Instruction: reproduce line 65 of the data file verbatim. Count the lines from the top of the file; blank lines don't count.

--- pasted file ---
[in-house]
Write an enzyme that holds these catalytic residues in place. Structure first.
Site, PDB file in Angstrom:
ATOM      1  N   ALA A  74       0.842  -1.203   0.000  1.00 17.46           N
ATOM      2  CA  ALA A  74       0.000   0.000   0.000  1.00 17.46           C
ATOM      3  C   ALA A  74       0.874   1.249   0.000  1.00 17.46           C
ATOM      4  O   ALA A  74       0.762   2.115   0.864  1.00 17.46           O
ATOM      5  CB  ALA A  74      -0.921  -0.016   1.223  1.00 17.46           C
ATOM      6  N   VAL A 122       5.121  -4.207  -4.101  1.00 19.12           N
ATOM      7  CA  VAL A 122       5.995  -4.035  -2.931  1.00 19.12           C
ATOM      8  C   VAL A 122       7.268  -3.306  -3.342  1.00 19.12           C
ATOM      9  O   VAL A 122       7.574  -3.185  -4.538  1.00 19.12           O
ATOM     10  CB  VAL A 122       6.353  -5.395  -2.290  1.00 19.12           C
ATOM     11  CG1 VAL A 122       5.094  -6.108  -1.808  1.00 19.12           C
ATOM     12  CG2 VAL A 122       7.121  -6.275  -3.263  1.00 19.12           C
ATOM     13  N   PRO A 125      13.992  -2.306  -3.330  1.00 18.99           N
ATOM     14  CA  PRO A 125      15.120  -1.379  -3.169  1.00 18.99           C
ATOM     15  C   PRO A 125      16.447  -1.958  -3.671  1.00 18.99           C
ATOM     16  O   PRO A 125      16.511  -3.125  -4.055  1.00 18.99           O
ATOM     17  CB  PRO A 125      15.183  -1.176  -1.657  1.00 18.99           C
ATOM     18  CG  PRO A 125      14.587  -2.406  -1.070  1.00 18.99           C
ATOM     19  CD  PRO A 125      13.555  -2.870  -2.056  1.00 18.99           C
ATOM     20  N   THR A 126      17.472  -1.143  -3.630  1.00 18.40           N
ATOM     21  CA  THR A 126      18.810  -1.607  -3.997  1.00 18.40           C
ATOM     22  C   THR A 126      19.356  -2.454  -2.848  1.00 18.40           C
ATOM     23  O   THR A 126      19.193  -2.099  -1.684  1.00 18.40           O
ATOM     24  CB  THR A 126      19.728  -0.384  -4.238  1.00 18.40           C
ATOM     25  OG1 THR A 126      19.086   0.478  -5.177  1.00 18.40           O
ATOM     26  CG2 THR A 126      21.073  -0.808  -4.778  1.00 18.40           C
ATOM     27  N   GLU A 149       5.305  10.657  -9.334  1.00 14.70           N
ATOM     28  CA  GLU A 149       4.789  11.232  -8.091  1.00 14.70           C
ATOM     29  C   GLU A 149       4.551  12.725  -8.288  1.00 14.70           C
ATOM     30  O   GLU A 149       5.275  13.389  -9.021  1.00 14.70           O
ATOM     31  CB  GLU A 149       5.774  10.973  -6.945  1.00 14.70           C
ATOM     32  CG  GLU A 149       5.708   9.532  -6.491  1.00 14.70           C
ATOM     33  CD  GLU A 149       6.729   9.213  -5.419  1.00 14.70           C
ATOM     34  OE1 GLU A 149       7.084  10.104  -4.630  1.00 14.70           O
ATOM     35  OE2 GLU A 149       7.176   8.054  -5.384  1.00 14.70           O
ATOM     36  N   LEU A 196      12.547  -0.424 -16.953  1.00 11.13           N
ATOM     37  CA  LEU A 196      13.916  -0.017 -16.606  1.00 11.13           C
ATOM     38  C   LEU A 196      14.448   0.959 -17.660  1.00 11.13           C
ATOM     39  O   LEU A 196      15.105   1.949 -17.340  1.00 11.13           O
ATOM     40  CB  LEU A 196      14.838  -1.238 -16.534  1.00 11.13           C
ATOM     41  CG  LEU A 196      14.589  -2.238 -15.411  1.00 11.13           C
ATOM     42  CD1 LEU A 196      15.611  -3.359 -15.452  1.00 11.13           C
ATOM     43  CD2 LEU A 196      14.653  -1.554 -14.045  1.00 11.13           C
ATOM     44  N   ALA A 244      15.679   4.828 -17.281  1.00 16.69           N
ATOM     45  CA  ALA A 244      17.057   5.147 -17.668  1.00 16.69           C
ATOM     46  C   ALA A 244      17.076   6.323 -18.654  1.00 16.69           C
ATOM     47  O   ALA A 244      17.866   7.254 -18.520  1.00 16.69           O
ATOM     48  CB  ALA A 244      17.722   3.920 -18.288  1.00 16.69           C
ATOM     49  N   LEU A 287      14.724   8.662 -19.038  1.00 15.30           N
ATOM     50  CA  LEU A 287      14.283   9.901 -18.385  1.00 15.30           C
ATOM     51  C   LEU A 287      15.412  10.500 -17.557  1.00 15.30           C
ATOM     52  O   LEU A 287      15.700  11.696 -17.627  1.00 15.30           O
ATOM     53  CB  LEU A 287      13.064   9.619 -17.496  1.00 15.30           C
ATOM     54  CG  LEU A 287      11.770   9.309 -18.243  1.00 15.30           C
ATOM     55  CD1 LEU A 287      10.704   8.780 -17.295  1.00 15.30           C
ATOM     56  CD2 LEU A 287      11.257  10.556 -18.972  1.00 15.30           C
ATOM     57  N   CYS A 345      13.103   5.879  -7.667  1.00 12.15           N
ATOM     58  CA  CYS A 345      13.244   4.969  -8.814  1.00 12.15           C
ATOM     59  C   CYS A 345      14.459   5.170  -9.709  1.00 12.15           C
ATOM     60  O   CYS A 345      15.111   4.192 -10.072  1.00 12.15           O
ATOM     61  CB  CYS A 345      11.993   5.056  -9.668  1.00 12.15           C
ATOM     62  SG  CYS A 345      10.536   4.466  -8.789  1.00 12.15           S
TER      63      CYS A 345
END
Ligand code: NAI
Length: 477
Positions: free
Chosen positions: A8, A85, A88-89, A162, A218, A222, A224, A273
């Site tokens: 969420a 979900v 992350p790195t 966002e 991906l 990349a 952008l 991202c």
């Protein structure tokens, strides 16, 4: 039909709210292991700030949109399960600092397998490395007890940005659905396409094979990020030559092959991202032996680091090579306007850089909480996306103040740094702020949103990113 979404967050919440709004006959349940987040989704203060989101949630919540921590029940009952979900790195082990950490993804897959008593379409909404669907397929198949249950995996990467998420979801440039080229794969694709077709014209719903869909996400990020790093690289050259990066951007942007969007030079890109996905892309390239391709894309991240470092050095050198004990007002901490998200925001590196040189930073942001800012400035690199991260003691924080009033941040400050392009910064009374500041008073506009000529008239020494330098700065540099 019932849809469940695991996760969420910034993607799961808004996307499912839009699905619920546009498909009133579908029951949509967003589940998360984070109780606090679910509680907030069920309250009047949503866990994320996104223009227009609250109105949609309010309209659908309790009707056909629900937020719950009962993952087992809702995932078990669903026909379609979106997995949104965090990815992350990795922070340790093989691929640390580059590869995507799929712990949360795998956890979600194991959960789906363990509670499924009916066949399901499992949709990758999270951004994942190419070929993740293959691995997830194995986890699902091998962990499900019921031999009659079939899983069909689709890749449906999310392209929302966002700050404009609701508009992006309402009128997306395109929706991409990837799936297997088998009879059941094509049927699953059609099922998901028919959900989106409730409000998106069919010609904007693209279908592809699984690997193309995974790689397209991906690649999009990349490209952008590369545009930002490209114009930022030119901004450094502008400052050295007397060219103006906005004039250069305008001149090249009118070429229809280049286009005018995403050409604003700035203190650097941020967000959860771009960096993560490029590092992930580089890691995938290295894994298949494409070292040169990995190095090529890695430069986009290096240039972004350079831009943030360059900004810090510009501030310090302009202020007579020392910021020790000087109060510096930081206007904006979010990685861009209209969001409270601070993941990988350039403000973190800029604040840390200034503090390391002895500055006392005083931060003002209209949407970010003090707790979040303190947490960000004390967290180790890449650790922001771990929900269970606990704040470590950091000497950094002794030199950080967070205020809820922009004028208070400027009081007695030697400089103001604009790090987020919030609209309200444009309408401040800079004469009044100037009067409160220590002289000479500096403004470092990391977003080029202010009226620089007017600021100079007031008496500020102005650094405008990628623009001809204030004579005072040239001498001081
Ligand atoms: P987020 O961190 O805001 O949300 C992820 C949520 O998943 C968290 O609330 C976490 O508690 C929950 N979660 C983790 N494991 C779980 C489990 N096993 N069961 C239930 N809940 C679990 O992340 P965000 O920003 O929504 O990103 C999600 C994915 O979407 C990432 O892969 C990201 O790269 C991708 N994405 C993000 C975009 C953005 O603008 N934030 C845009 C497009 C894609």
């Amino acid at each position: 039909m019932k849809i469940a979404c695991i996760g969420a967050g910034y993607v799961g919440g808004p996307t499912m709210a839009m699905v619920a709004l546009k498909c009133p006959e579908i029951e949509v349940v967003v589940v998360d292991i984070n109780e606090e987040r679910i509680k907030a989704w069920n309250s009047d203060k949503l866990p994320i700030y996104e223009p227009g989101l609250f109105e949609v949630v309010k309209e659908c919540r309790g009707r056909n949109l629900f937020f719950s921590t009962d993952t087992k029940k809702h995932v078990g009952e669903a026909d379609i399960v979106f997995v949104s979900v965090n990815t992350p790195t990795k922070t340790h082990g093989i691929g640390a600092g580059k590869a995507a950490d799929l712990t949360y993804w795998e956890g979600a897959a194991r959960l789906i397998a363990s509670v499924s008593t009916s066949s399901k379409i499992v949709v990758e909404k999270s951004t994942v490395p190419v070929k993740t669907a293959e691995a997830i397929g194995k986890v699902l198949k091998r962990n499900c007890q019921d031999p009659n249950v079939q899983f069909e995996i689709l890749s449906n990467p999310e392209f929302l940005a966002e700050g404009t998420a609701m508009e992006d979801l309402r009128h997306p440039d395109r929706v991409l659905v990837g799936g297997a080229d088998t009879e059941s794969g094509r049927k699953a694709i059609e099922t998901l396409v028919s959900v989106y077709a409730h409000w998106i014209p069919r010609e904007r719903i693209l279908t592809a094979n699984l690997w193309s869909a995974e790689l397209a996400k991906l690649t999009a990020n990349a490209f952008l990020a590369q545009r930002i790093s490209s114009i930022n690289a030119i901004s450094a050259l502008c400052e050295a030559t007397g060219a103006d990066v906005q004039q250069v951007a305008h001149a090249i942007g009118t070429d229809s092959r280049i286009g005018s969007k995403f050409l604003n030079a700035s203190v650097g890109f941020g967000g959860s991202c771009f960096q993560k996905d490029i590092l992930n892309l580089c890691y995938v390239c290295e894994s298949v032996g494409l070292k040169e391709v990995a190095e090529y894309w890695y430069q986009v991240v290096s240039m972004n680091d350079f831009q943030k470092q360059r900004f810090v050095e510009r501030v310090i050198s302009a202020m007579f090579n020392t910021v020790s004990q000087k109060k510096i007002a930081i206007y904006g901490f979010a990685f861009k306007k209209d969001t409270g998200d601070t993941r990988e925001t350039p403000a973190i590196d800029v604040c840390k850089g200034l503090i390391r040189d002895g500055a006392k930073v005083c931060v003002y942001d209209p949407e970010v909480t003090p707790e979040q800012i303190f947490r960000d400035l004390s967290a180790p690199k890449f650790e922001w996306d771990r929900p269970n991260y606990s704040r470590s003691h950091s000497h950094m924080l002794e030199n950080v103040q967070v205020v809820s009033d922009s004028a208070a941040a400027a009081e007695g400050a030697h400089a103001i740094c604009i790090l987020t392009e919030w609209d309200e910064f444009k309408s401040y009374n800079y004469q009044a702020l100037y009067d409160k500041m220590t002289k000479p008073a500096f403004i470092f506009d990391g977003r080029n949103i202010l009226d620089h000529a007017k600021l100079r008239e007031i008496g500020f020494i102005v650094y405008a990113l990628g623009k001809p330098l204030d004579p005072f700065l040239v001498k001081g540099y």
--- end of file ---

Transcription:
ATOM     62  SG  CYS A 345      10.536   4.466  -8.789  1.00 12.15           S